Our daily lives depend on drinking water and the proper disposal of sewage. From homes and factories to local parks and power utilities, cities either flourish with it or flounder without it. That’s the very reason wastewater treatment plants and drinking water infrastructure are among a community’s most important — yet expensive — assets.
But these days, we face significant municipal water and wastewater infrastructure updates and stricter regulations requiring owners to meet new compliance standards. That’s a hefty feat for any municipality, so they’re looking to gain efficiencies — and minimize costs — where they can. With a renewed focus on improving productivity from new leadership at the Missouri Department of Natural Resources (MDNR), Missouri is just one of many states searching for better solutions. And many are finding relief in regionalization.
What Is Regionalization?
Two main types of regionalization exist, starting with a larger city that provides operational and administrative tasks for a smaller city, including everything from billing and planning to equipment maintenance and day-to-day operations. But in a truer sense of the word, it’s when cities and/or counties agree to share in the responsibility of providing wastewater treatment services to residents and businesses. How? By physically connecting sewage collection systems (or consolidating two or more) and discharging to a centrally located wastewater treatment facility.
Driven by drinking water provisions, county public water supply districts are doing the same by partnering with cities to bring drinking water service to residents within multiple districts. Utilities, such as the Clarence Wholesale Water Commission and the Missouri Public Utility Alliance and its joint electric commissioners, also are finding ways to provide service in a more collaborative and cooperative way.
How Does It Work?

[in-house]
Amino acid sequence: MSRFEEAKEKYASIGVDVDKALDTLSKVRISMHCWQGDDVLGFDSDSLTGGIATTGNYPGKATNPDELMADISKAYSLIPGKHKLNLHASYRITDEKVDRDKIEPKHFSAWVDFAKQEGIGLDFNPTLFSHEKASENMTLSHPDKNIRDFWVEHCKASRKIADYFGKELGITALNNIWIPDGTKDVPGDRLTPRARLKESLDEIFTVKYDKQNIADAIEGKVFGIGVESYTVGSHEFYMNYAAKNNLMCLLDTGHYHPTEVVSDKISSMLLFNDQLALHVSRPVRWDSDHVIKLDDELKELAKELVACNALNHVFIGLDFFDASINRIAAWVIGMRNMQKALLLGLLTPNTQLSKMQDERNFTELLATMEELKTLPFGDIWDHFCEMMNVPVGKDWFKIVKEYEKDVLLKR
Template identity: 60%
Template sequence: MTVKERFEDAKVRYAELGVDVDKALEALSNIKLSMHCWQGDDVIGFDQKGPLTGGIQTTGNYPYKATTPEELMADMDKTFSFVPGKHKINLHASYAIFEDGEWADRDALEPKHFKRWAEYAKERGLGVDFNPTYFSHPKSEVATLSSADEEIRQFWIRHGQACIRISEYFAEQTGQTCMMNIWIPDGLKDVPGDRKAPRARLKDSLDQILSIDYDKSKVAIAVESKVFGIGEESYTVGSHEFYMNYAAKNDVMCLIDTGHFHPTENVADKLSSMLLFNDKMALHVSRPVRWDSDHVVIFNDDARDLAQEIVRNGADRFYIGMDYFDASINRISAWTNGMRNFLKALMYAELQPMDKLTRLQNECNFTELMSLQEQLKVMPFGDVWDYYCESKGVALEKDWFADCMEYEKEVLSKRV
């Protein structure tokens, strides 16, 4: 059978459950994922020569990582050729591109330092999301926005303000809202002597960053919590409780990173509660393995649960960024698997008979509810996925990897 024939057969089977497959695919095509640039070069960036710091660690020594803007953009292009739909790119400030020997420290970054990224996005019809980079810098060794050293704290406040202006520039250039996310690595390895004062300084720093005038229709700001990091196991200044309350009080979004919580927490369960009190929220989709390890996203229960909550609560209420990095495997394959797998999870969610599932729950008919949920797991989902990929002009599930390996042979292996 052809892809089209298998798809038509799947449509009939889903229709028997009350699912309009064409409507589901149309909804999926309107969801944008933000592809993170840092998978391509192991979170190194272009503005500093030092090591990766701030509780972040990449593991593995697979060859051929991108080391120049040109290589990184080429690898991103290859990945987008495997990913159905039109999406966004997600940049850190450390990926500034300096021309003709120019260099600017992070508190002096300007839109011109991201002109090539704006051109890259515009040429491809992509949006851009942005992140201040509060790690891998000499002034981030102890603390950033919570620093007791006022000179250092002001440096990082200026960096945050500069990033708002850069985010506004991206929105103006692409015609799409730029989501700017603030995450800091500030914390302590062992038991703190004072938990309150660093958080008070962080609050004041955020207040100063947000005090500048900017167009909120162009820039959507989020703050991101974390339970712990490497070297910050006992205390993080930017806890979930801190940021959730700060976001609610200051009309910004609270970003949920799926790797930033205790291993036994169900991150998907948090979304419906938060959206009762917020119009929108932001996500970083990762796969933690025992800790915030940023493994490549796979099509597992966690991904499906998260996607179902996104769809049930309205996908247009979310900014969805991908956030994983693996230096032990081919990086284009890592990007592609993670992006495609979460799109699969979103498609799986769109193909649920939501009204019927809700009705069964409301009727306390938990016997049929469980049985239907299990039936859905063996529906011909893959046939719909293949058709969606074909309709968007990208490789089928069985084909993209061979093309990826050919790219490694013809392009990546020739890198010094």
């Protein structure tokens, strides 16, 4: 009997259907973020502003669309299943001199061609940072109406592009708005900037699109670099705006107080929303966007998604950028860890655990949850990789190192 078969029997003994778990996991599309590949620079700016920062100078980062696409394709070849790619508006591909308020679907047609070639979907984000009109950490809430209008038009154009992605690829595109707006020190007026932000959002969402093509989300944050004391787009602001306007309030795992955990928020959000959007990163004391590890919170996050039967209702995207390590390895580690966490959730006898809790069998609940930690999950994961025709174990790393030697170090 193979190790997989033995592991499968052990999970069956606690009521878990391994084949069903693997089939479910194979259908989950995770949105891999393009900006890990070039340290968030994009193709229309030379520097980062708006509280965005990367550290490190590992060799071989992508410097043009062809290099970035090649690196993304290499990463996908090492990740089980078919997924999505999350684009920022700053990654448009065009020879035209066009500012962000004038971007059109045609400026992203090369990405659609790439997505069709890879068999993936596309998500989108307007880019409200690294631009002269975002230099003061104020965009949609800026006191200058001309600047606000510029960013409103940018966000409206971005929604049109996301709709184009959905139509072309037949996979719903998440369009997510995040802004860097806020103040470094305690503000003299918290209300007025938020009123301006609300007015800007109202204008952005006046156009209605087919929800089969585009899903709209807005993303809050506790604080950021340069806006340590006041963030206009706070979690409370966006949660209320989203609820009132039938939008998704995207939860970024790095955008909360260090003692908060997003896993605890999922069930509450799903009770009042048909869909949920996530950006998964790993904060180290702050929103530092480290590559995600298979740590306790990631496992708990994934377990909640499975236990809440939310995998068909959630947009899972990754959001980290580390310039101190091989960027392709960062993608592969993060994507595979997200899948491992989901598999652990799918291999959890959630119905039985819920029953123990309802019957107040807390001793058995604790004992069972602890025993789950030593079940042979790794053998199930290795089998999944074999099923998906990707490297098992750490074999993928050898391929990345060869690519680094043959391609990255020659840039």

Though the concept has been around for years, regionalization is piquing interest because of its potential to cut costs. When a group of cities and/or counties come together to consolidate services, capital and operational costs are reduced for all parties. Mainly, it provides increased economies of scale — cost savings associated with building or operating one larger facility for more advanced water and wastewater treatment over several smaller ones — which trickles down to reduced costs for ratepayers. When numerous cities rally together, they can better plan and budget, which lessens the impact of changing regulations.
In northwest Arkansas, our team provided engineering services for the planning and design of a new regional wastewater conveyance system and treatment plant for the Northwest Arkansas Conservation Authority (NACA), which serves 10 growing communities and covers nearly 200 square miles. This comprehensive plan included recommendations to extend wastewater conveyance facilities and metering options to NACA’s member cities, as well as a construction plan for a proposed capacity of 80 million gallons per day.
When significant wastewater treatment plant improvements like this are necessary, regulatory agencies offer a state revolving fund loan program to help finance regionalization construction projects. For a smaller city that cannot afford necessary upgrades, it can find a reprieve in partnering with a larger wastewater system that has greater technical, managerial and financial resources. This consolidated effort not only lowers costs for everyone — customers and utilities — but also enables a quicker response time during an emergency.
How Can We Make This Happen?
Begin with a comprehensive evaluation to see if regionalization is the right fit for your community, as geography (too much distance to make a physical connection) and up-front capital costs will factor into the decision-making process. If it’s a go, start the conversation with surrounding cities and counties. Because, like anything else, change takes time. Even the cities that have already adopted the concept are finding ways to do it better.
This regional concept has a lot of regional benefit. If you have a significant wastewater treatment facility, economic development opportunities abound, whereas a smaller plant with only a certain amount of flow lacks the same potential. An expandable treatment plant, with capacity to spare, can really go somewhere.
For a recent success story, read our project profile about how Lincoln County, Missouri, followed MDNR’s lead by adopting regionalization. The result? Consolidating efforts improved efficiency of the region’s wastewater treatment service.